I’m on a mission to transform early disease detection and diagnosis in animals through pioneering testing technology using AI algorithms and newly discovered biomarkers. My company – MI:RNA Diagnostics – was set up to help my industry make advances in detecting major illnesses earlier, when treatment is most effective. 

We recently claimed a major accomplishment – creating a test with almost double the sensitivity compared to standard industry testing in detecting Johne’s disease in cattle, a wasting illness that costs the UK’s agriculture sector millions every year. In the past 18 months, we have also produced groundbreaking tests for identifying heart disease markers in cats and dogs, which could extend their lives by up to nearly two years through earlier medical intervention. 

I have a 15-year track record of technical and commercial expertise, which led me to establishing MI:RNA Diagnostics in 2019, as part of a spinout process from Scotland’s Rural College (SRUC). 

With over 12 years in veterinary practice, I’ve always had a passion for science and I completed a postgraduate certificate in medicine and a PHD in Immunology, working for the university sector as a clinical pathologist; I’ve recently begun studying for an MBA to further hone my skills.

MI:RNA is proudly female-led, and a passionately gender-balanced team of world leading experts, and me and my team have set our sights firmly on the global market. 

We have focused on growing with the right people and culture. That means the research and development programme has been crafted by a select group of experts from across the globe. From the senior management team to all the staff and strategy advisors, the group has come together to create a dream team covering IP, commerce, AI, science, finance, and operations. 

I’m completely enchanted by this new field of science that presents a very elegant solution to an age-old problem in diagnostics. It’s comparatively easy to diagnose later stages of disease as there are often a raft of signs and symptoms along with changes in the levels of protein in response to tissues being damaged. But the utopia of disease detection is in the early stages where typically treatments are most effective and recovery most likely. Combining AI algorithms with our newly discovered biomarkers, has led to a revolution in diagnostics.  

Encouraging more women in STEM careers 

With just 26 per cent of women in STEM careers, I’m a CEO in a very male-dominated industry. I have firsthand experience with the obstacles many women leaders encounter: from fundraising struggles to combating unconscious gender biases, I’ve had to push past many barriers on my journey. However, I believe the changing tides are making it easier for more women to advance into leadership roles. 

And my strategy? I persevere through challenges by emphasising proven expertise, skills and passion for innovation. That means building a diverse team with complementary strengths to drive things forward, as well as fostering an equitable, understanding culture allowing everyone to thrive.

In terms of advice for young women pursuing STEM or leadership roles, I would say don’t be deterred by the barriers or naysayers you’ll inevitably face. Always trust your abilities and vision – with dedicated focus and teamwork you can achieve great things.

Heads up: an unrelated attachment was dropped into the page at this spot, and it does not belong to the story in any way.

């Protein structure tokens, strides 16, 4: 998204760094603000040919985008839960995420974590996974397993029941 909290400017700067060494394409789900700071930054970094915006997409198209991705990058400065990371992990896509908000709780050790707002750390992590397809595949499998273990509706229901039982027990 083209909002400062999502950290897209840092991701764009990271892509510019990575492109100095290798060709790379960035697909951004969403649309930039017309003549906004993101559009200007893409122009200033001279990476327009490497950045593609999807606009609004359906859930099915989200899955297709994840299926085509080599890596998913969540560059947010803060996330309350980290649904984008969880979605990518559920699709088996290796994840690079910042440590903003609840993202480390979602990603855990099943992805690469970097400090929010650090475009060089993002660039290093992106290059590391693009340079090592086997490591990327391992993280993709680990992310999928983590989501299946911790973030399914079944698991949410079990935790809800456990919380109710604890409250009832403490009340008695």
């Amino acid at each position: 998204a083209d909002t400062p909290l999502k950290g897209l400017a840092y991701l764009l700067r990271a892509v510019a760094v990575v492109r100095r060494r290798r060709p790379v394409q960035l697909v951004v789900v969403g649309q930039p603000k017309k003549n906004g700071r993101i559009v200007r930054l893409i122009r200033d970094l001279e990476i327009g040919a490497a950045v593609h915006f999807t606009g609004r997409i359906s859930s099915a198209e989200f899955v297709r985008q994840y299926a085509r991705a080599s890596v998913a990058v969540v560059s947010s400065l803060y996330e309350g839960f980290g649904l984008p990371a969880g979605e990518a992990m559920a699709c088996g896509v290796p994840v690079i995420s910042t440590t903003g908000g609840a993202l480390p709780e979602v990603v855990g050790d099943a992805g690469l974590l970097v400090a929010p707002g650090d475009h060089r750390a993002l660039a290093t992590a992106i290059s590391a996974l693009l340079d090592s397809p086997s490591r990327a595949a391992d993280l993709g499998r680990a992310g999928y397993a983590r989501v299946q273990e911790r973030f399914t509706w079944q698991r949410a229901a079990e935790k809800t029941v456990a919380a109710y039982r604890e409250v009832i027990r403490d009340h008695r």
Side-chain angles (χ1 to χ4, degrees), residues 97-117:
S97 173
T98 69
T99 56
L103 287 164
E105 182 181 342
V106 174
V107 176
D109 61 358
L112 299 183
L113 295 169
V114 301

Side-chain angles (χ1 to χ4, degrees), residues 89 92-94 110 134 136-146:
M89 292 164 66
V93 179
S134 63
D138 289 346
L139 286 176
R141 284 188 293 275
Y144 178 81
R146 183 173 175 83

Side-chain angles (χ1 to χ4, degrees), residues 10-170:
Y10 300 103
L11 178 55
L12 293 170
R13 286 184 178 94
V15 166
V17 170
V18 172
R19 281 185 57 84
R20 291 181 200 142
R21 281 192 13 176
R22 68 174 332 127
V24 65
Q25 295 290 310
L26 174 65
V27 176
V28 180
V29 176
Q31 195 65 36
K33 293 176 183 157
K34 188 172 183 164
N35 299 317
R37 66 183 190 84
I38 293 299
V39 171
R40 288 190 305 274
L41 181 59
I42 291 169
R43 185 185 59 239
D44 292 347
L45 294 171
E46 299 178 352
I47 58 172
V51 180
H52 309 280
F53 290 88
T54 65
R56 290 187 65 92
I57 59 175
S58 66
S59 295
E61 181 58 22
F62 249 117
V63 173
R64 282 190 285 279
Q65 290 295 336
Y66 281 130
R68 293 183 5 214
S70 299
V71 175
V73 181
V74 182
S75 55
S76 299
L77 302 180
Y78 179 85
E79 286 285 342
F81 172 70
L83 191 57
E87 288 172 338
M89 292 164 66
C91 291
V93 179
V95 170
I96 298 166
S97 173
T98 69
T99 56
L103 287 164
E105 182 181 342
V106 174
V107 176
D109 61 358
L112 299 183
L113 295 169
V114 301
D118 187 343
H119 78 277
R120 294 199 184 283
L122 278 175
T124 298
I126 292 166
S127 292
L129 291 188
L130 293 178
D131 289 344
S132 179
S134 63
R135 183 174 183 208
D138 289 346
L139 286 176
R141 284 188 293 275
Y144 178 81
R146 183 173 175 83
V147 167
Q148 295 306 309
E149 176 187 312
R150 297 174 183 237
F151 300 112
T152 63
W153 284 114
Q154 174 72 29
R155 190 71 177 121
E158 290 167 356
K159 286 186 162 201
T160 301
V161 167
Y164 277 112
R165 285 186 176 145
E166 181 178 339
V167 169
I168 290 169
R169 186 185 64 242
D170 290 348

Saving lives through earlier medical intervention

At its core, MI:RNA’s technology aims to save and improve lives through earlier disease detection and intervention. Heart disease currently kills hundreds of thousands of cats and dogs prematurely each year. By identifying it months or even years before the onset of symptoms, the company’s blood tests are helping veterinarians to proactively treat pets and add meaningful time to their lives.

The company’s NEMO Cardiac Health Screening test analyses microRNAs – newly discovered biomarkers involved in disease progression and resolution. When combined with AI, this approach significantly improves early identification of complex conditions like heart disease giving pets the chance to access the best care more quickly. 

Similarly, the company has championed an AI-empowered testing method in identifying Johne’s disease, a chronic inflammatory condition that impacts the health, welfare and productivity of cattle and other livestock. 

This method has the potential to detect early stages of infection and predict the outcome of the disease, significantly building on existing testing methods used in the agricultural sector. This diagnostic testing innovation will allow veterinarians, farmers and equine owners to easily test for a variety of conditions including heart and kidney disease, osteoarthritis and bovine tuberculosis, along with effective general wellness and preoperative screening.

The implications for human health are equally exciting. Early detection of illnesses like cancer, diabetes, thyroid disorders, cardiovascular and neurodegenerative diseases increases treatment efficacy drastically. We envision our biomarker technology will help doctors diagnose human patients much earlier – leading to dramatically improved prognosis and survival rates.

Pioneering the future of diagnostics

As MI:RNA continues revolutionising diagnostics, I firmly believes Scotland’s thriving biotech ecosystem will propel it forward. The talent, science and entrepreneurial drive found in our universities and innovation centres fosters an ideal environment for progress.

And I will continue to advocate for more female voices within that ecosystem while breaking ground with my team. My vision is for our life-saving early detection technology to become the norm across veterinary and human medicine. By unlocking diagnostics’ full potential globally, I hope we can significantly improve patient outcomes through earlier intervention in fighting illness.